So glad to see that someone mentioned Lumina. As it was being developed when i last briefly tried bsd. As a Seventh Day Adventist i have the most disturbing part of bsd to be their mascot. A cutesy devil cartoon character just doesnt help me choose their design.

    I hear mention that everything runs faster with bsd under the hood. Is that right? I had a similar experience switching from debian to arch (antergos). I wonder Mr Larry, if you’d compare and contrast an arch based linux system vs a bsd system as far as features and performance in some objective article as opposed to off the hand subjective rhetoric regarding how awesome bsd is.

    Finally, it is still a good thing to have someone cover bsd because i dont think enough people hear about it. They dont have a Google or a Canonical backing them up financially and lets face it, Apple hasnt done anything to improve the face of bsd whose code base they use(d).

    I might give BSD another spin just to see how lumina is progressing if nothing else. I have a few older machines now that might be more compatible with bsd out of the box to make installing and configuring it a reasonably painless process.

  • littlenoodles

    Several comments mention GNOME and GTK+ as GNU software – and at least one mentions QT as an alternative. Well, QT and KDE are also GNU software to the extent that they’re licensed under the GPL. Not sure what you mean by GNU – other than the political argument that the FSF ‘owns’ the right to include ‘GNU’ in the name of all software that uses GNU tools. And that’s okay too, I guess. Just odd to see GNOME being used to ‘define’ a GNU system – and used in reference to an article about how PC-BSD looks just like Linux…

  • Joe White

    Thanks for putting me straight littlenoddles. I’ve got to admit my ignorance over FSF and GNU. I should’ve educated myself before making statements such as “there is barely any GNU” software on BSD.

    And you’re right that it is all just semantics. But why I felt the need to speak out, is that someone is implying on a technicality that PC-BSD offers nothing new that you wouldn’t find in a typical Linux distro. But a PC-BSD system has its own unique feel. Just for example, it makes use of boot environments to do safe updates and can rollback files individually through Lifesaver app or Lumina filemanager.

    Sure this kind of stuff has been done before in e.g., Solaris, and I know OpenSUSE has its own attempt at boot environments, but PC-BSD is working hard to showcase technologies such as ZFS and jails in an interface that the average user is familiar with. People should try it out before assuming it won’t introduce them to anything new.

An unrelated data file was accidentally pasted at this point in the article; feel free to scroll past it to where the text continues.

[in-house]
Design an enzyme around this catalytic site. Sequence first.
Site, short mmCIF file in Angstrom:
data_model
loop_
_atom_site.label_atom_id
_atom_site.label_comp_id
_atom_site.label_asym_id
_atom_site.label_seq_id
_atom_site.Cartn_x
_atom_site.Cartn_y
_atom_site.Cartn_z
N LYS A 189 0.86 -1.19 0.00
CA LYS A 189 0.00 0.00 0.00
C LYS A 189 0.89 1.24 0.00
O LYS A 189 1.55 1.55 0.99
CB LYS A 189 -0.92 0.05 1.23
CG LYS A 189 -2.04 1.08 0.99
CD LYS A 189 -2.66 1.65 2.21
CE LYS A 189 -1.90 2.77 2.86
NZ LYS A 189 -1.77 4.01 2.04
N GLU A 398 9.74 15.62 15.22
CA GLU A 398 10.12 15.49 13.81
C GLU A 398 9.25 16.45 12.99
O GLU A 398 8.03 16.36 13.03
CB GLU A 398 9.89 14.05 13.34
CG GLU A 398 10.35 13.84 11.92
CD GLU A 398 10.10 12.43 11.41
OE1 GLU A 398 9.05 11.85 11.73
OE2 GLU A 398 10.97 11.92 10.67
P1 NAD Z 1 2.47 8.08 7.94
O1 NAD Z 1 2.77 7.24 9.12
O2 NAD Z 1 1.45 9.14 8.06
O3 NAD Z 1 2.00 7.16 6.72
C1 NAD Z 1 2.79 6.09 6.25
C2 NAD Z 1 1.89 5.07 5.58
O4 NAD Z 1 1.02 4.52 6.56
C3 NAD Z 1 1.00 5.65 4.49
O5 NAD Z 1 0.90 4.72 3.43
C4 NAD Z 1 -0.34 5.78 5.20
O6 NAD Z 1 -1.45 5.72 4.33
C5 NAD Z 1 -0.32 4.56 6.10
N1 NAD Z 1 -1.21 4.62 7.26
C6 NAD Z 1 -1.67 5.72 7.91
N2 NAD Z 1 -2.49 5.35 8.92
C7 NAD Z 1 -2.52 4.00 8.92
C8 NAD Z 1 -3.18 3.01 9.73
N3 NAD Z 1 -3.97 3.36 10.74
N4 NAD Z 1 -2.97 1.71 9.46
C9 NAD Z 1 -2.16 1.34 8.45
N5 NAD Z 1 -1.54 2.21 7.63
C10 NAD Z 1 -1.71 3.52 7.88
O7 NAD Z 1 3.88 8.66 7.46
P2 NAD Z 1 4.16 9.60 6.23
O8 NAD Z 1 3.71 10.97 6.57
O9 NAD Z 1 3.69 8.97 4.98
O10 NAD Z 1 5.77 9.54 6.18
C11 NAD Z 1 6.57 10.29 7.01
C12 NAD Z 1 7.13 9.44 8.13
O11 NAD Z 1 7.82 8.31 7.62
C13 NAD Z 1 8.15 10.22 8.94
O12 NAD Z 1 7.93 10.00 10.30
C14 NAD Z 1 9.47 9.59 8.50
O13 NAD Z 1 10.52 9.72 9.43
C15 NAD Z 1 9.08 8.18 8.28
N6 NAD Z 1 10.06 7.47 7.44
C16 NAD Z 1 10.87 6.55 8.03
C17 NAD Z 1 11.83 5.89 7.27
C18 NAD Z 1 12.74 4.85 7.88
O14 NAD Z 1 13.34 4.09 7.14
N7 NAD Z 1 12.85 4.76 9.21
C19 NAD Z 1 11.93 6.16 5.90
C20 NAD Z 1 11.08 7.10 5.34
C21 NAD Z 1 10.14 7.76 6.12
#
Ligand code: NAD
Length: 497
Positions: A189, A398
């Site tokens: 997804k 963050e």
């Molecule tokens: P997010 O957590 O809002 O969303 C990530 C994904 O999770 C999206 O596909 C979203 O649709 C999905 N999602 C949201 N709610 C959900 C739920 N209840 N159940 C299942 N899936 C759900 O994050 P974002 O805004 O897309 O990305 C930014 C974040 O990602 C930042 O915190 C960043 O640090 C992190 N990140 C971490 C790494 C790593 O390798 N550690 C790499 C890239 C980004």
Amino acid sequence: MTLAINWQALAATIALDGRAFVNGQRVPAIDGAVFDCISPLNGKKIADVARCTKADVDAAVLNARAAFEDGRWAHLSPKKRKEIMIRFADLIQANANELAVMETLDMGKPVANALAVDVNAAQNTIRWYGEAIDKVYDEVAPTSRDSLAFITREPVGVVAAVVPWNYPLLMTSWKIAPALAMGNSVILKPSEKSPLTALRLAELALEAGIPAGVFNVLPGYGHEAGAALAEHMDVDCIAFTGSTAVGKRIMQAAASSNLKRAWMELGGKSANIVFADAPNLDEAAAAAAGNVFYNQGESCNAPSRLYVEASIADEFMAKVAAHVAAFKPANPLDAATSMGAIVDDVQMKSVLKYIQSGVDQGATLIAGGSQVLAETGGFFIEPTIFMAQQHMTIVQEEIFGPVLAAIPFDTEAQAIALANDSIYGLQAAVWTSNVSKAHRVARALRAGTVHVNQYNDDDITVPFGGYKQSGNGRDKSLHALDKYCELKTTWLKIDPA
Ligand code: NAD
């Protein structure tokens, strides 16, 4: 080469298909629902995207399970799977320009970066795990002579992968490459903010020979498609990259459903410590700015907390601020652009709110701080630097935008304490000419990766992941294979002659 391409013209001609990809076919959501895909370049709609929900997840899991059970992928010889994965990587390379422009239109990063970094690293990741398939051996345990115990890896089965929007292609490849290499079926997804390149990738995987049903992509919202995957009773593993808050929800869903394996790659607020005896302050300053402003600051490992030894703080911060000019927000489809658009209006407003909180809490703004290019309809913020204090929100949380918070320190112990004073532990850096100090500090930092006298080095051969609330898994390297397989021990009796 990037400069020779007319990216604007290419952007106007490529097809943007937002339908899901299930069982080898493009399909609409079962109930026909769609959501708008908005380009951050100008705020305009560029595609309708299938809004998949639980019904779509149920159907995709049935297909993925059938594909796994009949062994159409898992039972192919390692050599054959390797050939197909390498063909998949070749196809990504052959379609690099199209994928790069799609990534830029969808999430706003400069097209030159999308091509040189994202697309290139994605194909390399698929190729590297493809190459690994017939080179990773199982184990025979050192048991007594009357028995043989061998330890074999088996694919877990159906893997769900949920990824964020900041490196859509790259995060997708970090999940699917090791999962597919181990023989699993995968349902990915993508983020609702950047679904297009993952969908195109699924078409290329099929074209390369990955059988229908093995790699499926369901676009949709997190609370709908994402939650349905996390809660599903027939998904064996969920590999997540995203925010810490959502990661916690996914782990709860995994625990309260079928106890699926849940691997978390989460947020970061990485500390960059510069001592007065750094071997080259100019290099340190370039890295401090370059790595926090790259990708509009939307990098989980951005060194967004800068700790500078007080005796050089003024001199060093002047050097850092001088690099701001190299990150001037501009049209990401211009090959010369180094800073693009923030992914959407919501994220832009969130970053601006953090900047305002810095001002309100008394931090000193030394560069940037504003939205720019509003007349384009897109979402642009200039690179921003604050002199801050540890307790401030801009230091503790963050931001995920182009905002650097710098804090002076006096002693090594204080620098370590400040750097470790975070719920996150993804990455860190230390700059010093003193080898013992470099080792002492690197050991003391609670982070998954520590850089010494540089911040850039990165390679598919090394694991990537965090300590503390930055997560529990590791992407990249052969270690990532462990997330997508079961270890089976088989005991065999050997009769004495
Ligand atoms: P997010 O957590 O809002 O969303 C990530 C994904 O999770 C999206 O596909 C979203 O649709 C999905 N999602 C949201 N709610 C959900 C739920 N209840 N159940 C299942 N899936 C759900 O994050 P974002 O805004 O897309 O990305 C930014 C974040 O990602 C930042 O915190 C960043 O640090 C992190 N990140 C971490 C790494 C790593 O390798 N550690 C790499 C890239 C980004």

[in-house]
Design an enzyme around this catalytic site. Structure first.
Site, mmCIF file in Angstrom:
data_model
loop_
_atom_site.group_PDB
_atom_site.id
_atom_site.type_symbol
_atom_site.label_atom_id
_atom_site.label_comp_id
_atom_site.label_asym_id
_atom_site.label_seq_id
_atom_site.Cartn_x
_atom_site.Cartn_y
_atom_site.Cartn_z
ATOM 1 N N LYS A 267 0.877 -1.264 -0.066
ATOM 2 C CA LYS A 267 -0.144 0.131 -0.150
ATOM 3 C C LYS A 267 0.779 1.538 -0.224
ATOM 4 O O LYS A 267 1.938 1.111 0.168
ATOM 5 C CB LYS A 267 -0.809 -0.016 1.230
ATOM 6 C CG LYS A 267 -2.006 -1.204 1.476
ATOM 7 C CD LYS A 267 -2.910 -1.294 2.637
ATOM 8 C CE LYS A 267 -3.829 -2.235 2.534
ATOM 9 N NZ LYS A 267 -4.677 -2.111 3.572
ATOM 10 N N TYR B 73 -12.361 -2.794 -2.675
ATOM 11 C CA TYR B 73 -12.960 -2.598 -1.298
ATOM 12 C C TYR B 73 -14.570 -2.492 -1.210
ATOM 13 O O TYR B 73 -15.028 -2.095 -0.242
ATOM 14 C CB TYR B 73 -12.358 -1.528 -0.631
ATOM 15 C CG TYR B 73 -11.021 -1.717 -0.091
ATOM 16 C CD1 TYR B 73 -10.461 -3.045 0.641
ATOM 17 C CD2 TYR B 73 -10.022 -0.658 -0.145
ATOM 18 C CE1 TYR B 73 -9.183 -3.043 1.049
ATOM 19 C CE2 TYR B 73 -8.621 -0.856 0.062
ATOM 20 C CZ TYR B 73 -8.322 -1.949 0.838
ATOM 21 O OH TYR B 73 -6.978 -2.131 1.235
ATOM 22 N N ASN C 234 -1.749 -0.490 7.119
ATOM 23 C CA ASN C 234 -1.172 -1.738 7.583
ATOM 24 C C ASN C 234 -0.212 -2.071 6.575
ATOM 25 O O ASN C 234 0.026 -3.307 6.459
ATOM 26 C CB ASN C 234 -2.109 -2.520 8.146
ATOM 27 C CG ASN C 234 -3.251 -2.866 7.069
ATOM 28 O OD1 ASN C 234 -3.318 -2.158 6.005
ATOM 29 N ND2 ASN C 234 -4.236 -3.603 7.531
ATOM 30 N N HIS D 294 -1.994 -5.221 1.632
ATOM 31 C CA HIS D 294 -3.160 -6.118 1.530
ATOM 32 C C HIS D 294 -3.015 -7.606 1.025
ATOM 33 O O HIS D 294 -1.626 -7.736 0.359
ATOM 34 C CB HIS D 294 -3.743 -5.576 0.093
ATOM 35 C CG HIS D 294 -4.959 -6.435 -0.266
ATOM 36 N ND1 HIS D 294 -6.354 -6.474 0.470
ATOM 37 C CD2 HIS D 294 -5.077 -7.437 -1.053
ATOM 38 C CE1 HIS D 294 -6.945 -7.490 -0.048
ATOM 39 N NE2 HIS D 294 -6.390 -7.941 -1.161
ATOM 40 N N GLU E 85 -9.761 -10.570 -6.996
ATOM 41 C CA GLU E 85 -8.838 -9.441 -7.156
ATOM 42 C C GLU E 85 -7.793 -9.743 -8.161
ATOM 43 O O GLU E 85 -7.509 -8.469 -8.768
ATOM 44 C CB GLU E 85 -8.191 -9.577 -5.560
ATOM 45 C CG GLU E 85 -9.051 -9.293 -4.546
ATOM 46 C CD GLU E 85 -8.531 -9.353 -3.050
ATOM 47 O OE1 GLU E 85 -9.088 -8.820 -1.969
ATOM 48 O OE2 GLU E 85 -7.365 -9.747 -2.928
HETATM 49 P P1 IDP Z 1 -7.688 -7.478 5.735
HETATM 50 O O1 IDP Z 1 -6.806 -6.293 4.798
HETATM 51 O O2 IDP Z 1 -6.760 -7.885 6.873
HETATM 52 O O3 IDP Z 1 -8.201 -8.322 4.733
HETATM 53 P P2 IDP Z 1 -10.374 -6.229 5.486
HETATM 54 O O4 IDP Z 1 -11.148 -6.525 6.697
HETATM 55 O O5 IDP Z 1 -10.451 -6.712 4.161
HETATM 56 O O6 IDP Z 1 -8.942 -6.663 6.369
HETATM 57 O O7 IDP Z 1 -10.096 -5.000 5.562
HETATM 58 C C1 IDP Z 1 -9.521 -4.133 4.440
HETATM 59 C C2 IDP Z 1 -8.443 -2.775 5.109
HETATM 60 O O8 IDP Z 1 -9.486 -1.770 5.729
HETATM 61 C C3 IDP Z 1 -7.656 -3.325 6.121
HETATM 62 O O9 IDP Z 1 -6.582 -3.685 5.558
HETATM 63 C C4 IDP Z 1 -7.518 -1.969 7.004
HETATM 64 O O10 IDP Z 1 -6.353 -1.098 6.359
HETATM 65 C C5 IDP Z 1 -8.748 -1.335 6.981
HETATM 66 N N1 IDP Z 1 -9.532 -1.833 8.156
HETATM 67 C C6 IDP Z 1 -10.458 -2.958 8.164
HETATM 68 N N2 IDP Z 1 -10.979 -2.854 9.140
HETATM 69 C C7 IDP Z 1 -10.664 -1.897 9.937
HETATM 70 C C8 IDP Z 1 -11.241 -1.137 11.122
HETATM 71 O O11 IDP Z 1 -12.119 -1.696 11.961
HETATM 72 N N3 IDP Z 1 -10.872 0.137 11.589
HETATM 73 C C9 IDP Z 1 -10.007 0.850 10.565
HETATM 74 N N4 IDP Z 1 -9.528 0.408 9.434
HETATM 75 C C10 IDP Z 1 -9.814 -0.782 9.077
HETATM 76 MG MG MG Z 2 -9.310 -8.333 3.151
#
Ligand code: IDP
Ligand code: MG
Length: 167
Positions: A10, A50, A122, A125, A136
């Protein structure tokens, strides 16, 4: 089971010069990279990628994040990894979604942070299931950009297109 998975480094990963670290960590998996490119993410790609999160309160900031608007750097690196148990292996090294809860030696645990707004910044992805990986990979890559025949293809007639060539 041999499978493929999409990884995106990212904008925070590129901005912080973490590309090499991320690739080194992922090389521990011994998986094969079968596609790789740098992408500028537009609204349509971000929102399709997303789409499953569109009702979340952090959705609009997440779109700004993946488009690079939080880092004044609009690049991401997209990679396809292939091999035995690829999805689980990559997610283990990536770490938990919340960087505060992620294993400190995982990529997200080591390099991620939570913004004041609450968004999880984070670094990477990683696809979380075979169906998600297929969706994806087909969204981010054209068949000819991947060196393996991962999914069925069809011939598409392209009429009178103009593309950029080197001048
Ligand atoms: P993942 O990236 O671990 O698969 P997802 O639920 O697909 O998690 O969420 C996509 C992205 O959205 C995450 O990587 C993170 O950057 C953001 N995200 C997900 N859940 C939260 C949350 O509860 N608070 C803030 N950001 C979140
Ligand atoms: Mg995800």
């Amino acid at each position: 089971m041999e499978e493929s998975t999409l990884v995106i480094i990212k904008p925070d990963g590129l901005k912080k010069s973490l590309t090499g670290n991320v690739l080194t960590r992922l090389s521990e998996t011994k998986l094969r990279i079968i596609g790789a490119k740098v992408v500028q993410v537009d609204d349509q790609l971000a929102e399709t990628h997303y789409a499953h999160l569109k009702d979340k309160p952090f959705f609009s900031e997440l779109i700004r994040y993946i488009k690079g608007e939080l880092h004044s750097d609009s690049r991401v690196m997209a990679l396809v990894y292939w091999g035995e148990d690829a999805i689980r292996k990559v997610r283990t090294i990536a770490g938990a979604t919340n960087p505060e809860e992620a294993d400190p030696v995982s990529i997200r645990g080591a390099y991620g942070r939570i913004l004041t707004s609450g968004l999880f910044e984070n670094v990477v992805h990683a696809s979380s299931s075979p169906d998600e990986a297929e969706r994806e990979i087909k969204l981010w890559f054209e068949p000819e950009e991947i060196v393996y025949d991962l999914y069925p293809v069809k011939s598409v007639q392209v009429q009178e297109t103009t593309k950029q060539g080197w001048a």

• @SarcasticFringehead, you should learn more about a subject before ranting about it. The PC-BSD design decision to _default_ to local-time is a very reasonable approach for an OS that is intended to simplify matters for more novice users. (FreeBSD gives you a choice.) … And, it darn well is “valid” if one is new to alternative OS’s and is going to be dual-booting with an M$ system. Which is the whole point: a newbie doesn’t want to see their time change every time they change OS’s and not know why. Anyone else should know (or be able to quickly find out) that this is an easily changed configuration setting.

  • Mike

    I disagree that defaulting to local time is ever a reasonable choice.

    Copying Microsoft’s moronic decisions isn’t doing anyone any favors.

  • Guruguru

    @littlenoodles Oh my gah~ That is the worst, dumbest understanding I have ever seen of what GNU software is, and the overwhelming majority of Linux/BSD users make that fundamentally flawed assumption. Being GNU software has ABSOLUTELY NOTHING TO DO WITH USING THE GPL. The GNU Project prefers its own license, of course, but using the GPL is not a requirement for being a GNU package, and using it definitely doesn’t automatically make the software part of the GNU Project. There are strict requirements to be met before the GNU Project recognizes it as GNU software, GTK+, GNOME, GIMP, etc., all willingly follow these rules.

    You can see all the GNU software here: http://www.gnu.org/software/software.html (GTK+, GNOME, GIMP are listed)

    And what is required to be considered GNU software here: http://www.gnu.org/help/evaluation.html

    I use GNOME as a definition of a GNU system simply because IT IS the GNU Operating System’s graphical user interface. It just happens to commonly be used with Linux, or BSD, etc. GNOME and GTK+ (Xfce) should be seen as GNU traits, not Linux traits. The same is true of the many system tools a given system may also choose to use by default or pull in as dependencies.

    My original point is about how when people add more GNU software to any given system, it somehow becomes more “Linux-y”, despite not using Linux. That has been a long standing argument by the FSF for calling Linux distributions “GNU/Linux” or otherwise asking for credit where it’s due. Because many of the most defining aspects of “Linux” are actually GNU.

  • Kangaroo Court

    I am not a big fan of ZFS – too much memory overhead. Also there is no build for Rstudio with any *BSD. Also you still cannot secure boot with an *BSD. Wireless support is till spotty. Thus I prefer running Windows 10 with VMware and run OpenBSD is a VM or run Ubuntu as a host with OpenBSD as a VM. Theo is a genius, I have no doubt, and OpenBSD needs your support.